A couple of years back, when having morning coffee in a local cafe, an immaculately dressed elderly gentleman entered the cafe and sat at a nearby  table.

I was immediately drawn to his attire. His shoes were highly polished and in good repair, you could cut toast on the crease of his trouser legs, his white shirt showed off the obvious military tie and embroided on the breast pocket of his blue tailored blazer was a badge that struck a chord in my memory.

As you do in a country town, we exchanged pleasantries and went about our own business.

As the years passed ‘Bob’ and I often saw each other in coffee shops and in answer to my questions, he told me of his lifetime in the military. He served  in the British Army in various Corps, saw active service in various theatres and after serving in a foreign government’s military, retired to Australia.

On Anzac Day, 2016, I marched wearing my New South Wales Scottish Regiment bonnet with the Red Hackle.

You can image my delight when I spotted ‘Bob’ proudly wearing the White Kepi of La Legion Estrangere and marching with a detachment of servicemen from other countries and I realised that the foreign government he had told me about was of course, France.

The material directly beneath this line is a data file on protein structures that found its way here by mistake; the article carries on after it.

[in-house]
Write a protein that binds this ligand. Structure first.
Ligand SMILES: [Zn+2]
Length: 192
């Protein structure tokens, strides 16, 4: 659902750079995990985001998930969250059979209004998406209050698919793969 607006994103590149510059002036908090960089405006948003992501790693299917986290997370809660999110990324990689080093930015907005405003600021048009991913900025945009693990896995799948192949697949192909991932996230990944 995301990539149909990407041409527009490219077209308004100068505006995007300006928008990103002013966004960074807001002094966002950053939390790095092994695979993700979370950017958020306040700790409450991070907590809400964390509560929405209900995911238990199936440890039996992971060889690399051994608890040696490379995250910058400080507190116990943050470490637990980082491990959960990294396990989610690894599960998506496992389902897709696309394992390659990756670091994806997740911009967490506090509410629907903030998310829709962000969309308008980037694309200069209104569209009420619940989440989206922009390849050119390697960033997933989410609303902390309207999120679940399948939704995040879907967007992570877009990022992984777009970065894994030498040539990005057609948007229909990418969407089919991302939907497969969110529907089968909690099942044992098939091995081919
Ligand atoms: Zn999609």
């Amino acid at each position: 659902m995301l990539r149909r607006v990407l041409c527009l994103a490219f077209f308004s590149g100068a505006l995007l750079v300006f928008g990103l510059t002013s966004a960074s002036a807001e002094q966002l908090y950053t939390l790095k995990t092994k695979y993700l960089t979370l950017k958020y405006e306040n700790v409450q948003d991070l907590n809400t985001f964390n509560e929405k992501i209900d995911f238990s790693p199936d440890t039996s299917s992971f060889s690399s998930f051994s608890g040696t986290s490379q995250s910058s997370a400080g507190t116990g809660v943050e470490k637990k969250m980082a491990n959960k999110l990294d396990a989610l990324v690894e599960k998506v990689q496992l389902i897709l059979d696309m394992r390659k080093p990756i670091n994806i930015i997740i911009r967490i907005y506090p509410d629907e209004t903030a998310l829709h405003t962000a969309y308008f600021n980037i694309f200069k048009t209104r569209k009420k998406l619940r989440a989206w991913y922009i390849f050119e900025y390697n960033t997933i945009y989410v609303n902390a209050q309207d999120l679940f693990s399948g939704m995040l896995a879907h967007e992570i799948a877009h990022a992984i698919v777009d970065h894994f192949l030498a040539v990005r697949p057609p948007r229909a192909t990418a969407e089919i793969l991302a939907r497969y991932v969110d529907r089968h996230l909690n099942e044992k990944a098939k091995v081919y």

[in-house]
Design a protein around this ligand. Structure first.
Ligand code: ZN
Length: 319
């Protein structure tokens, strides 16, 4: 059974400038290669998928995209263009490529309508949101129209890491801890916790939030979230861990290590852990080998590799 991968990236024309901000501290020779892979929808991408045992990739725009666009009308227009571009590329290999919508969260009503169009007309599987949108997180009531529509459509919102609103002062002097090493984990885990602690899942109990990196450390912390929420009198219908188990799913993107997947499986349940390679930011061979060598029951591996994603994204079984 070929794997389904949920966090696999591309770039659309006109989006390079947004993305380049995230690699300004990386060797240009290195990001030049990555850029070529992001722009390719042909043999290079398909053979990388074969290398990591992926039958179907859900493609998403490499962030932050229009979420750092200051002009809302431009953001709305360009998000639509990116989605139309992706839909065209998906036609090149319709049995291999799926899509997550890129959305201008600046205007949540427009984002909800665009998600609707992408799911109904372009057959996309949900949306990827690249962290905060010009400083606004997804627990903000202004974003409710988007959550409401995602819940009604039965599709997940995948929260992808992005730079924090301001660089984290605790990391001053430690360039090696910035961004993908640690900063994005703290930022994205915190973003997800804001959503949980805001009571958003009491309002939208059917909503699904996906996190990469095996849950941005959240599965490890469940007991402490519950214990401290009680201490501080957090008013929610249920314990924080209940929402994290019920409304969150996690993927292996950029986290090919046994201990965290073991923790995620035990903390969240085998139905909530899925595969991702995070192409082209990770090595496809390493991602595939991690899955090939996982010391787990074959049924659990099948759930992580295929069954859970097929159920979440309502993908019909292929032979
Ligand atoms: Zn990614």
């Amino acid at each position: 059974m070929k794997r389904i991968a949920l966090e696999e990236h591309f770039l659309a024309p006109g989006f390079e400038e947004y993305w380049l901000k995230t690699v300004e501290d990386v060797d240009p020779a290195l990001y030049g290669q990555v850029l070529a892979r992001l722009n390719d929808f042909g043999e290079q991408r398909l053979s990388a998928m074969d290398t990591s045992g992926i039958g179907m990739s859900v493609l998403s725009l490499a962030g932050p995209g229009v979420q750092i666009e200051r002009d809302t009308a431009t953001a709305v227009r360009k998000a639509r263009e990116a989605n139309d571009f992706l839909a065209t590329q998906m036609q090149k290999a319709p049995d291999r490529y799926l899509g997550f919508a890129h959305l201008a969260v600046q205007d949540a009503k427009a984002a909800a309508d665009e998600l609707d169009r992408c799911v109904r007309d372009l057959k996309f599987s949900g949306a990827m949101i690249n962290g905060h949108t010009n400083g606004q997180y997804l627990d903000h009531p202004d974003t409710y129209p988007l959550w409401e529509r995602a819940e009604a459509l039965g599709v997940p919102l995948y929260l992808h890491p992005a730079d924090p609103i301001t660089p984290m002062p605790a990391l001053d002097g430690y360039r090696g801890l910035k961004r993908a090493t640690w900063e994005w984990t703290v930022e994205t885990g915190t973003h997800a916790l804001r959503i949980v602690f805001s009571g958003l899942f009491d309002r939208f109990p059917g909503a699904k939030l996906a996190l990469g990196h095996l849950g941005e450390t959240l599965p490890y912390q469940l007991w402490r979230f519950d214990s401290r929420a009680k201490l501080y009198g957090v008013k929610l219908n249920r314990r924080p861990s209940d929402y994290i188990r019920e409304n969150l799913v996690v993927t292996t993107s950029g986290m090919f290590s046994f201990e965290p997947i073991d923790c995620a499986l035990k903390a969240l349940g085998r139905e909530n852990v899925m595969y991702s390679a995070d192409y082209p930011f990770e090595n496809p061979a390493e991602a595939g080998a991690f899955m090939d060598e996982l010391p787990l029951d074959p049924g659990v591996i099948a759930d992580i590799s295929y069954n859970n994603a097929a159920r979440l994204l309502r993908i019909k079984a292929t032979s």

We bumped into each other after the march. I complimented him on the White Kepi and his chestful of medals and he admired my Red Hackle. ‘Bob’ told me that he was the last surviving member of his Legion Battalion and I could see he was moved by the memories the Anzac Day Ceremony brought back.

Our meeting on Anzac Day,  25th April, 2016 reminded me of my interest in the French Foreign Legion.

When I was a very young man,  Beau Geste, a fictional account of life in the French Foreign Legion, written by P.C.Wren and published in 1924 was one of my favourite adventure yarns.

All of my mates read it too and we all talked of what it would be like to serve as a Legionnaire.

In the late 1950’s I was commissioned in an infantry battalion of the old Citizen Military Forces, now known as the Army Reserve.

It was a NSW Scottish Regiment tradition that after parade, all Officers were required to attend the Officers Mess for drinks etc. We young Subalterns were required to remain in the Mess until the Mess President gave permission  for us to leave.

On one such evening in the Mess, the topic of conversation among the younger Officers was the French Foreign Legion.

As the youngest Lieutenant in the Battalion, I was directed to write to the Legion and request enlistment information and I happily complied.

Not long afterwards, I received a reply and dutifully provided a copy of the original and my translation thereof  to each Subaltern in the Battalion together with the CO and his Deputy.

Not one of us made the decision to enlist. How wise we were for ones so young.

For over fifty years I’ve treasured that letter and I’ve copied the original for your enjoyment. Unfortunately, all of my schoolboy French has deserted me and I’m unable to provide you with a translation.

Anyway, here is the scanned copy.


I’ve made a copy for ‘Bob’ and it will interesting to see the look on his face when I give it to him the next time we have coffee together.

Hoo roo for now.